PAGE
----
Tuesday, 9 August 2011

In The Spotlight Christopher McKaigue (Sydney Swans)

On Saturday, Dublin disposed of Tyrone with a clinical, powerful and high energy performance.  As Paddy Heaney (I think it was Paddy) wrote in the Irish News today, any team that wants to match the Dubs will have to prepare accordingly. 

There was a mention of early morning, training sessions.  Sounds like nearly semi professional.  With players having busy lives, this is very often impossible. 

This weekend I was again in contact with Christopher McKaigue from AFL club Sydney Swans, I put a few questions to him about his training and preparation.  It would be interesting to know how it would compare against the inter county seniors teams over here.

So in a change away from cycling, it is the Slaughtneil man’s turn to be In The Spotlight.

Name: Chrissy McKaigue
Age: 21    Weight: 90kg    Height: 6ft2
Club: Sydney Swans

What is the hardest thing about adapting to AFL? The hardest thing about adapting to AFL from Gaelic is the tackle because when you get the ball it's a lot harder to get past someone, they can just drag you down. The kicking in straight lines is also a challenge rather than around the body in Gaelic.

How often to you train?
We train 5 days a week and play one game. Within that there are two main ball work sessions per week lasting 60mins each and a 20 min warm up beforehand.  

We do agility work and low intensity skills with coaches also between the main sessions. Then we have weights upper and lower body, pelvic stability, core work and meetings to fill in the other days.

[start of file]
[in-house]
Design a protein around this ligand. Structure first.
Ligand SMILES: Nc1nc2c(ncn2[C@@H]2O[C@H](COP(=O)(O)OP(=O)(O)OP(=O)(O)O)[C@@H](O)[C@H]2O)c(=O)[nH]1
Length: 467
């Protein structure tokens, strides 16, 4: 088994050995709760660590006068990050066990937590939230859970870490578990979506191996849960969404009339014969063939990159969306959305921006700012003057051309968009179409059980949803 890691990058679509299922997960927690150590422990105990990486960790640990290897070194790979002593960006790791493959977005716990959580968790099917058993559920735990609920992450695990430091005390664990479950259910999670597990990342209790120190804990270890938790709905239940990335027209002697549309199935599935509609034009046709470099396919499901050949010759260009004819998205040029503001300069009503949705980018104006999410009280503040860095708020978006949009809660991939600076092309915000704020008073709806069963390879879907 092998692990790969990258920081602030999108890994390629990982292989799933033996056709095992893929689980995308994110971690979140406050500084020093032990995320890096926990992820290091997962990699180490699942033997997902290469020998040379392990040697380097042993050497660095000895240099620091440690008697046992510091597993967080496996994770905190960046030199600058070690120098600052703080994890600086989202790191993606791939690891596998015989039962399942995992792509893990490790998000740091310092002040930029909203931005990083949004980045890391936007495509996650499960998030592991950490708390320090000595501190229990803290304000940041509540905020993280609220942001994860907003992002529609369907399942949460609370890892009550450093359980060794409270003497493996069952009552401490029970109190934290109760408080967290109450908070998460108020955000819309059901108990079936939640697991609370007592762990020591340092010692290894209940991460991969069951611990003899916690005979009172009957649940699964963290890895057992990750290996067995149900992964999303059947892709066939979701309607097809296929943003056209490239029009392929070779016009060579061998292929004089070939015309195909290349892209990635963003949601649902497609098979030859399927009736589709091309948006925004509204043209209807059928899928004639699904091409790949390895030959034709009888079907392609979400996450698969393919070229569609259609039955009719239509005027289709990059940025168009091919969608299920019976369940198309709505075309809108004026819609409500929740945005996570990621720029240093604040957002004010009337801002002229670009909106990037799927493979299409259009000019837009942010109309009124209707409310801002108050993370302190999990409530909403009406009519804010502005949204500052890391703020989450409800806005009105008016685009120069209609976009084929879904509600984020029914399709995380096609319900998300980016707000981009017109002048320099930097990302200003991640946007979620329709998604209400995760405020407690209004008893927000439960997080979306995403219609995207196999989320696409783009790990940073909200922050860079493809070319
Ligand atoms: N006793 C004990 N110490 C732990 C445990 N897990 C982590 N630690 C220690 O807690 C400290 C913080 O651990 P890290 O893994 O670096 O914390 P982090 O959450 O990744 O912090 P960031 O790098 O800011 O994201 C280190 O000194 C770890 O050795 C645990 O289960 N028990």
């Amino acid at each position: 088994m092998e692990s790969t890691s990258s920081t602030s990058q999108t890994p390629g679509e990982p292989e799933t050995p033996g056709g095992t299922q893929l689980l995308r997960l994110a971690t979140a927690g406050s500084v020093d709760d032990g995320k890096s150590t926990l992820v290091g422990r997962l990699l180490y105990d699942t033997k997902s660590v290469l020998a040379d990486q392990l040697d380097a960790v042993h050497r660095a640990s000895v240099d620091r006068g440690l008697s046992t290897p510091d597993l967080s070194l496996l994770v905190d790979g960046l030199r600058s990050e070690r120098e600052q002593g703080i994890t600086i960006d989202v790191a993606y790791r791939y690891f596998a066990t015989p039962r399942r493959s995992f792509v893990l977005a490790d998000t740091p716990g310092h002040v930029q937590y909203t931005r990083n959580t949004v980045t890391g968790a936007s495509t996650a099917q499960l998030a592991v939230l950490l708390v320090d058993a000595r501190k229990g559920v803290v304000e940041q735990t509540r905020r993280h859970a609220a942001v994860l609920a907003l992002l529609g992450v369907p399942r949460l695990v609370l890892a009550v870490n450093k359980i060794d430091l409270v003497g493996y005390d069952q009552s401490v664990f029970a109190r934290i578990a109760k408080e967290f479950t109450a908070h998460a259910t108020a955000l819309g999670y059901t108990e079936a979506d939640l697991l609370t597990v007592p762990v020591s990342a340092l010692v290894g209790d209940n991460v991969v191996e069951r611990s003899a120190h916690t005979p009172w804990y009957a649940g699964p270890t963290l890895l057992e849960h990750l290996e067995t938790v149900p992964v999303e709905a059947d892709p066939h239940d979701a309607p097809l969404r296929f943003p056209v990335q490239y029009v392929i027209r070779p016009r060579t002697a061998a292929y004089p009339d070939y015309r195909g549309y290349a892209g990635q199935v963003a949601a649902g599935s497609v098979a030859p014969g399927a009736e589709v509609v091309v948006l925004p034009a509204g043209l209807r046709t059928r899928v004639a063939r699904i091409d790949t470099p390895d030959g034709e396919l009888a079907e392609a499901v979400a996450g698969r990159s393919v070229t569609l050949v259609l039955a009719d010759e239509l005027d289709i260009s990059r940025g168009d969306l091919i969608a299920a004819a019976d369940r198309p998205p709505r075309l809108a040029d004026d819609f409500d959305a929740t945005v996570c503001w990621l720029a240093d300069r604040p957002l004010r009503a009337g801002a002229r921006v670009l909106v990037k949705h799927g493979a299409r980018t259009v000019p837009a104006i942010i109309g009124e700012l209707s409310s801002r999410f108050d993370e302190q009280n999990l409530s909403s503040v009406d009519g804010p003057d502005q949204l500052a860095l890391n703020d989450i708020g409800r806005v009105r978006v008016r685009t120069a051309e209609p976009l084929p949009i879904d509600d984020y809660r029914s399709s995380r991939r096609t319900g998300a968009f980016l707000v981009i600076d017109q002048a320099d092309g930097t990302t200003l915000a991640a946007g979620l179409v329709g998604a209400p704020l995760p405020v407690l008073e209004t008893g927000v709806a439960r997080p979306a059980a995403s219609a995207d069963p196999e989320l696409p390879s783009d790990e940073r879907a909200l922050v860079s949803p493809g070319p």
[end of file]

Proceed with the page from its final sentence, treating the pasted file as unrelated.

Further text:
What is the balance of training?
The in season programme is different to the pre season. Pre season is very intense lasting for a 3-4month period depending on success of the following year.

We train 6 days a week with Monday, Wednesday and Friday being the main sessions of running and ball work mainly running lasting up to 3 hours on the track.

The other days are weights sessions and on a Saturday morning we do a 7km time trial.

The in season mode is a lot less intense remaining fresh for games becomes the priority.
What are the recovery sessions?
Before a game we do a recovery session which consists of foam rollers, a walk and then a ice bath or dip in the beach. Some boys choose to do a bit of upper body weights the day before a game also.

How is your diet/hydration monitored?
We have a full time dietician employed at the club, our skinfold measurements for fat is checked every fortnight and used to work out our body fat percentage. 

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